Item description for Blithe Spirit: An Improbable Farce (Classic Drama) by Noel Coward...
When novelist Charles Condomine invites a medium into his house in order to learn about the occult for his new book, the last thing he or his second wife dream is that the seance will bring back his first wife, Elvira, who wants Charles all to herself!
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Noel Coward was born in 1899 in Teddington, Middlesex. He made his name as a playwright with The Vortex (1924), in which he also appeared. His numerous other successful plays included Fallen Angels (1925), Hay Fever (1925), Private Lives (1933), Design for Living (1933), and Blithe Spirit (1941). During the war he wrote screenplays such as Brief Encounter (1944) and This Happy Breed (1942). In the fifties he started a new career as a cabaret entertainer. He published volumes of verse and a novel, Pomp and Circumstance (1960), two volumes of autobiography, and four volumes of short stories: To Step Aside (1939), Star Quality (1951), Pretty Polly Barlow (1964), and Bon Voyage (l967). Coward was knighted in 1970 and died three years later in Jamaica.
Noel Coward was born in 1899 and died in 1973 and has an academic affiliation as follows - Playwright, UK.
Noel Coward has published or released items in the following series...
Reviews - What do customers think about Blithe Spirit: An Improbable Farce (Classic Drama)?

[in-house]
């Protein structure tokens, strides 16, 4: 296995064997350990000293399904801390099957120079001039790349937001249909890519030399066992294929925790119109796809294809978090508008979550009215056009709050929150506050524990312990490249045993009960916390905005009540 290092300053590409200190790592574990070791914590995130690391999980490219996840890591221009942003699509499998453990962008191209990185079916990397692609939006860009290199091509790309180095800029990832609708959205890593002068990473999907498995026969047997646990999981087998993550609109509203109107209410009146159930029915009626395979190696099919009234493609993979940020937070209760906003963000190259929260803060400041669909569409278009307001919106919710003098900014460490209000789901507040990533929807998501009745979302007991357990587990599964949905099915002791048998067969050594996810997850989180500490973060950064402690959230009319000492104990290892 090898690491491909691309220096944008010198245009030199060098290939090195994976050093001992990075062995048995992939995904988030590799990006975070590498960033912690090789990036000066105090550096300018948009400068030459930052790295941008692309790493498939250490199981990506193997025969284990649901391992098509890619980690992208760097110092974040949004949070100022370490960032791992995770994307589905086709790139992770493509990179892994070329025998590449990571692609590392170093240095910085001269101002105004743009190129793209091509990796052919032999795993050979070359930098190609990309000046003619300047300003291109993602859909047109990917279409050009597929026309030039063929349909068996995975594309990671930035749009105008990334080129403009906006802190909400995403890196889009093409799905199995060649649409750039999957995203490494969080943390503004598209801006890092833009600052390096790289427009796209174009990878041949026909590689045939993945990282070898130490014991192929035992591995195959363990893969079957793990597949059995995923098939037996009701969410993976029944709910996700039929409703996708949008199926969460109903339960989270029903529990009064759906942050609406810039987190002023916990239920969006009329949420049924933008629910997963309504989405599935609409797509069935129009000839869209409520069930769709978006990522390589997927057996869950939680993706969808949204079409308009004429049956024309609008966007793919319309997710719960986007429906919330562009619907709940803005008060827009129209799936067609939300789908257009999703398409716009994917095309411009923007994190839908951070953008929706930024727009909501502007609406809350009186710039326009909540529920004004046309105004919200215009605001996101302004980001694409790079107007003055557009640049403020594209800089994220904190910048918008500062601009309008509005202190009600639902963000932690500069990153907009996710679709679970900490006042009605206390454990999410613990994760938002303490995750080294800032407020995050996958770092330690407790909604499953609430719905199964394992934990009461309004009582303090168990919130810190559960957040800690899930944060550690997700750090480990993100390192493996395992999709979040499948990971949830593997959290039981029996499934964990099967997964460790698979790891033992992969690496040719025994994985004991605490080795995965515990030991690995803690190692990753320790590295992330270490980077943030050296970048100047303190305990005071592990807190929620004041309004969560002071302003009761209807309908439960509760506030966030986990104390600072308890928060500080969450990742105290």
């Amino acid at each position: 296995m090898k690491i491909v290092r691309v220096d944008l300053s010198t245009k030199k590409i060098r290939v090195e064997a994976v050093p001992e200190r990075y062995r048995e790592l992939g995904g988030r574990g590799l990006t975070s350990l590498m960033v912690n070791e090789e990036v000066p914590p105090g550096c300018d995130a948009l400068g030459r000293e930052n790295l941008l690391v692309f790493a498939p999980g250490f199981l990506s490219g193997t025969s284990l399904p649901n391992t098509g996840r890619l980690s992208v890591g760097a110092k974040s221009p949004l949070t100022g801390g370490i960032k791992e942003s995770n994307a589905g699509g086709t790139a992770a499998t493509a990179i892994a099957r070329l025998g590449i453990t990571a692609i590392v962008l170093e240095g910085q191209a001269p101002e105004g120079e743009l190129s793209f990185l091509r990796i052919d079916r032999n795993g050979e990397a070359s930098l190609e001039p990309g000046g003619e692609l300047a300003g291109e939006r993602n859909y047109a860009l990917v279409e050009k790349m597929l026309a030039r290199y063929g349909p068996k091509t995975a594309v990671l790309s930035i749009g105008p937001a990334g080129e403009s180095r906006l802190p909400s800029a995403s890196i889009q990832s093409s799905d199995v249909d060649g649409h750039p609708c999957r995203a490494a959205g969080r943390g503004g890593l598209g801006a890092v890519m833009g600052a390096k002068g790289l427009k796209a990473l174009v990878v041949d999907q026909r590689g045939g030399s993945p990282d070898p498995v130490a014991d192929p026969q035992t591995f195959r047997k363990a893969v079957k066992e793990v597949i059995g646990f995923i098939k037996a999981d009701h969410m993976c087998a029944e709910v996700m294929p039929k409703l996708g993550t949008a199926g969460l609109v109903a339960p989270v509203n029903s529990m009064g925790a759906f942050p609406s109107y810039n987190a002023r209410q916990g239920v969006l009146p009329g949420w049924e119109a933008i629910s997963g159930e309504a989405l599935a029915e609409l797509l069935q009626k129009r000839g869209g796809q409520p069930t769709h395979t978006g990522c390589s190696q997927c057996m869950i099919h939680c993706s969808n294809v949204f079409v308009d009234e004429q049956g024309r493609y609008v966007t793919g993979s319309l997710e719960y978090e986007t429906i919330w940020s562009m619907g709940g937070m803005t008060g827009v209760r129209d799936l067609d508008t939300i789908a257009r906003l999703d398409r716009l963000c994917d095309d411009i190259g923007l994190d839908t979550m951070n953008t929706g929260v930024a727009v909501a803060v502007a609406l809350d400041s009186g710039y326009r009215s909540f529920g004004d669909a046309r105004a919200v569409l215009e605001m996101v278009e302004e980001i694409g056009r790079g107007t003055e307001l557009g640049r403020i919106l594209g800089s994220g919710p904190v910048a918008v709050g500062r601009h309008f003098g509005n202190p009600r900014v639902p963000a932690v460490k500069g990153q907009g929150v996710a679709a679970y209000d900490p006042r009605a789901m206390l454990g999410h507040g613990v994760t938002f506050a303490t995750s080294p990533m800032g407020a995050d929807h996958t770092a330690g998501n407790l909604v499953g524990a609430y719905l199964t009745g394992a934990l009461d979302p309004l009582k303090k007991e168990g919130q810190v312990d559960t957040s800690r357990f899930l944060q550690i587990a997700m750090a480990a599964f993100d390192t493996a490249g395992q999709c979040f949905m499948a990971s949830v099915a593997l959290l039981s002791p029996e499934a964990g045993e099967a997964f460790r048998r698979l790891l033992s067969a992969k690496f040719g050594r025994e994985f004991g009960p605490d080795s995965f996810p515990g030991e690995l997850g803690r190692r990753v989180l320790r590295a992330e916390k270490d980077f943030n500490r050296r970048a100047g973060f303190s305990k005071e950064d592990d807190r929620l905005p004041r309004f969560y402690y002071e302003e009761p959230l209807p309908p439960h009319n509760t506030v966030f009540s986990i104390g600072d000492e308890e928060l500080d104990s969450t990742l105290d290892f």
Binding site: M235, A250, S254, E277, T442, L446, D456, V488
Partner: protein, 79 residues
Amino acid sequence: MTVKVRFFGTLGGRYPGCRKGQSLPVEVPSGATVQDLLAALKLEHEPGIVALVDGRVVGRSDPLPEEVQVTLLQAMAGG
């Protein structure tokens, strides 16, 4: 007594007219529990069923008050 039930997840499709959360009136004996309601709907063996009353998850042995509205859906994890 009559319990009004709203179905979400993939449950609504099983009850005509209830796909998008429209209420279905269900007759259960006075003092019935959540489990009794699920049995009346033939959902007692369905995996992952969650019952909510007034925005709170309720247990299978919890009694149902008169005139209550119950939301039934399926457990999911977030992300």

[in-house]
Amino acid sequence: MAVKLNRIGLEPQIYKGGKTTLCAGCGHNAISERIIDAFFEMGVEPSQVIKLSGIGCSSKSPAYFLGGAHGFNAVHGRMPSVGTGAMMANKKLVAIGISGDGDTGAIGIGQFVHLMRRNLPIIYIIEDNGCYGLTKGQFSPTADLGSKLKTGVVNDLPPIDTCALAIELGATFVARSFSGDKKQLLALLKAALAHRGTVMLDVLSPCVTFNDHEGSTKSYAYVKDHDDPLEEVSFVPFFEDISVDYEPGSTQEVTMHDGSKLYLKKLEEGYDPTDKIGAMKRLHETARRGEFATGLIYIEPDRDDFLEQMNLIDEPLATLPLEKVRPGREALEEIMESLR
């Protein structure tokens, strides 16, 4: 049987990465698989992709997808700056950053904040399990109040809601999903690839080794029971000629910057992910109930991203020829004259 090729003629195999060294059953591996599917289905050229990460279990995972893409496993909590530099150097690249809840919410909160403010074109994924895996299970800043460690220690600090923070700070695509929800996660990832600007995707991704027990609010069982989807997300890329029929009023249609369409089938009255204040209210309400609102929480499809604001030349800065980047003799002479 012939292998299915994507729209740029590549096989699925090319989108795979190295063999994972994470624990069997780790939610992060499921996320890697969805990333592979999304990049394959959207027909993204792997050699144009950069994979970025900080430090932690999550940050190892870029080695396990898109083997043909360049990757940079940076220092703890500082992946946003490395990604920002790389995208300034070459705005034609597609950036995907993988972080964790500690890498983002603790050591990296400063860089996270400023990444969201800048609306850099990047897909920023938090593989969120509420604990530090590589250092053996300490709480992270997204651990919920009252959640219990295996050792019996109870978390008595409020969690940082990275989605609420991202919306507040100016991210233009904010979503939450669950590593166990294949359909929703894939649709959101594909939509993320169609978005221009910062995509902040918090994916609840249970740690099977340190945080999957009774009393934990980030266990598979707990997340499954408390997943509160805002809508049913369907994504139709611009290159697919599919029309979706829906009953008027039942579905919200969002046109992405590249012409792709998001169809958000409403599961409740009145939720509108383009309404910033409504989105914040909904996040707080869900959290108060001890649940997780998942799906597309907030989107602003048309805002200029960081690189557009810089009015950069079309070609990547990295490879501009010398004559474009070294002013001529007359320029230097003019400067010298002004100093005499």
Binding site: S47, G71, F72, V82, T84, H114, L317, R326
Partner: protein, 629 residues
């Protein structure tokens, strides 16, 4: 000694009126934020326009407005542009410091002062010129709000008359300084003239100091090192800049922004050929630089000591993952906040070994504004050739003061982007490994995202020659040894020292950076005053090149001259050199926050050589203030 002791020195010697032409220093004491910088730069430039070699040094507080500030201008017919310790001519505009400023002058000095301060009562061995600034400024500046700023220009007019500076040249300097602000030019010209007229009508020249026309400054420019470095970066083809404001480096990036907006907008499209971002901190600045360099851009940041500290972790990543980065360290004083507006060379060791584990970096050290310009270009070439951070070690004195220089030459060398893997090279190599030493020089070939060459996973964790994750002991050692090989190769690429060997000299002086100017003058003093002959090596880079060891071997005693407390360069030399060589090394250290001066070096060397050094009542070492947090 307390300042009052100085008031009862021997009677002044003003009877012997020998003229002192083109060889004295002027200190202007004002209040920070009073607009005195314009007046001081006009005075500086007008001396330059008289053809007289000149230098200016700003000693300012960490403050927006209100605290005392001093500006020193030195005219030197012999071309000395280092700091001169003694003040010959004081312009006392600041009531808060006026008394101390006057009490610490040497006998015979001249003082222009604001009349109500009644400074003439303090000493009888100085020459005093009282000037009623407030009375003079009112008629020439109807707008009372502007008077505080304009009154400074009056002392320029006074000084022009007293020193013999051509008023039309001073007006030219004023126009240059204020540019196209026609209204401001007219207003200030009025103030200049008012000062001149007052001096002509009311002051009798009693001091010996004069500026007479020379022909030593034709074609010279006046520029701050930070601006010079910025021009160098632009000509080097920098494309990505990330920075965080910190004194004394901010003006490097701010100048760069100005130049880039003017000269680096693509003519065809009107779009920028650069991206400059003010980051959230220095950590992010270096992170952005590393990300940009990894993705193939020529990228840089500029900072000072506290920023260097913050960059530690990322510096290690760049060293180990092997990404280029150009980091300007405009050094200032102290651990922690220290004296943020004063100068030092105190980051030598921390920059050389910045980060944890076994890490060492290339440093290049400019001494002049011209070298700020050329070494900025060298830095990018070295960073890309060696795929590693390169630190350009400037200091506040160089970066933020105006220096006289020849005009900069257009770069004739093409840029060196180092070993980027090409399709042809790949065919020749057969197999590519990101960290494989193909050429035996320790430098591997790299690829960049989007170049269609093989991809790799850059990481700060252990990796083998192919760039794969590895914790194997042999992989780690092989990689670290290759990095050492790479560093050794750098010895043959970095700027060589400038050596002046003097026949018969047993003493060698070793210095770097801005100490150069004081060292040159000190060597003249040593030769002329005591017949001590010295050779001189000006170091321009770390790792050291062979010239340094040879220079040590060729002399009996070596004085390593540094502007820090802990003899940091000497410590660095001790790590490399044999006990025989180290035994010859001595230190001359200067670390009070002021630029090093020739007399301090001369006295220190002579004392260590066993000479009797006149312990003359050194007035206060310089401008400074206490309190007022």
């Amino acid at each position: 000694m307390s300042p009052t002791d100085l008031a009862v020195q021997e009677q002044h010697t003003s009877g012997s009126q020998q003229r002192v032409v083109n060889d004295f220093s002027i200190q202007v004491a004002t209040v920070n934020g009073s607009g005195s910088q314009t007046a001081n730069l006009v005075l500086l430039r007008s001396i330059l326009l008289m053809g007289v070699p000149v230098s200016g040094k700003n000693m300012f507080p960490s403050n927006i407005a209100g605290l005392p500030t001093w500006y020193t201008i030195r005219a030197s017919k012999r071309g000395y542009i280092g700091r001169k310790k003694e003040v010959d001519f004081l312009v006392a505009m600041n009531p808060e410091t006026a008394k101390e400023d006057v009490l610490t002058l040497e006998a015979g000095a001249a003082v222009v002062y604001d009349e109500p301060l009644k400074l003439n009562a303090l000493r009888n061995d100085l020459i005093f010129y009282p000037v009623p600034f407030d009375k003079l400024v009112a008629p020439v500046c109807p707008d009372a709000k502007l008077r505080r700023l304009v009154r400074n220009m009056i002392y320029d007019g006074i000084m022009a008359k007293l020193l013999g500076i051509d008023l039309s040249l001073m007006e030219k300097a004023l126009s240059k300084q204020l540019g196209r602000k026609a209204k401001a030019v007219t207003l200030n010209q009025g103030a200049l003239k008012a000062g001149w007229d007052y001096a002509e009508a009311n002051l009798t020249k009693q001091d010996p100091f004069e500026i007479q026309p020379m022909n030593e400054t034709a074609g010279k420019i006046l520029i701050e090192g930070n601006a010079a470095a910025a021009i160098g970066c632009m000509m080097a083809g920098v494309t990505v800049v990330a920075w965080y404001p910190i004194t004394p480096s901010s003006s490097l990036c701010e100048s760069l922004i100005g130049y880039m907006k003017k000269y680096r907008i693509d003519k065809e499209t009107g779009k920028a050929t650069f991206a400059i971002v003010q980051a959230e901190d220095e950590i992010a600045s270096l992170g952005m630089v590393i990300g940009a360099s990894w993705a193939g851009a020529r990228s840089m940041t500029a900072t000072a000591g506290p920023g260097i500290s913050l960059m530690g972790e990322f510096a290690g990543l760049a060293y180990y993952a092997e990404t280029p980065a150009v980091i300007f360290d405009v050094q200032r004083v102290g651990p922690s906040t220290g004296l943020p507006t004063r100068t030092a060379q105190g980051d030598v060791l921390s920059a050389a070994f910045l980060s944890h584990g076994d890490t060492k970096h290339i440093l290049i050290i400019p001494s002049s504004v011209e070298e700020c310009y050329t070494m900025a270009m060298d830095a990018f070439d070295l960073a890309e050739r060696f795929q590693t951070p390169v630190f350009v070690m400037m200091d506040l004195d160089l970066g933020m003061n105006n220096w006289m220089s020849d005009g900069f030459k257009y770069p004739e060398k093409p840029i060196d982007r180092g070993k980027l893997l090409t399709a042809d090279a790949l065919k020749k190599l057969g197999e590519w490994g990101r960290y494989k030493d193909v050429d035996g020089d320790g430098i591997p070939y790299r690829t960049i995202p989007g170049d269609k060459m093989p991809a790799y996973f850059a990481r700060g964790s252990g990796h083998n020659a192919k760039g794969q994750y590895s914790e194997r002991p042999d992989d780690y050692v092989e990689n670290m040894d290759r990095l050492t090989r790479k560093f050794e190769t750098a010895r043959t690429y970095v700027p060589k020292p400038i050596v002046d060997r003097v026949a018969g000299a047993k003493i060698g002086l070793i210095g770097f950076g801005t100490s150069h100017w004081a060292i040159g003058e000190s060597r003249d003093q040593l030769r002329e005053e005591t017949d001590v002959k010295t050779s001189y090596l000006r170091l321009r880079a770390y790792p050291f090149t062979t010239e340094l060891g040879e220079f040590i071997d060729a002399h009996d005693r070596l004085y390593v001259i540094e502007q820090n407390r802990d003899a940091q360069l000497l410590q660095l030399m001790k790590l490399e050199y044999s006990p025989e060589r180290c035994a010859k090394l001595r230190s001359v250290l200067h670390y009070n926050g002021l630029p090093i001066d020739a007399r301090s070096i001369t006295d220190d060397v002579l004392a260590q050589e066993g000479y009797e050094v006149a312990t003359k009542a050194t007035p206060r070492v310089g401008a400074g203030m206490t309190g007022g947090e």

An excellent reading of a very funny play Sep 6, 2003
Noel Coward called "Blithe Spirit" an "improbable farce." Well, supernatural it is, as you well know if you saw that superb film made many years ago with Rex Harrison as the poor husband, now into his second and apparently not ideal marriage, who winds up hosting the ghost of his first wife when he sets up a séance to get some material for a book.
I will not reveal any more of this delicious plot other than that the Coward wit is intact and his views of marriage are not changed from those in "Private Lives." But now we have the chance to hear it again and again as an excellent audio-version issued by Naxos on two CDs (NA226312) or on two cassettes (NA226314). Actually I should have said 1.5 cassettes since Naxos decided to keep each of the three acts on a single side, leaving the second side of the second tape simply blank.
Although much of the fun comes from the sight gags of things floating in the air and characters on stage being unable to see the ghost(s), enough of the situation comes across in this well-produced recording. We have as the husband Colin Redgrave (a familiar face from many a Masterpiece Theatre), Kika Markham as the new wife Ruth, and Thelma Ruby as the bumbling but still authentic medium Madame Arcati.
The unwelcome ghost Elvira is played by the lush-voiced Joanna Lumley, best known today as the never quite sober Patsy on "Absolutely Fabulous" and best known several years ago as the battling Purdy on "The New Avengers."
A very funny play done to perfection and even funnier with recordings of the author himself singing some of his lyrics between the scenes. The last one is especially appropriate, so look for it.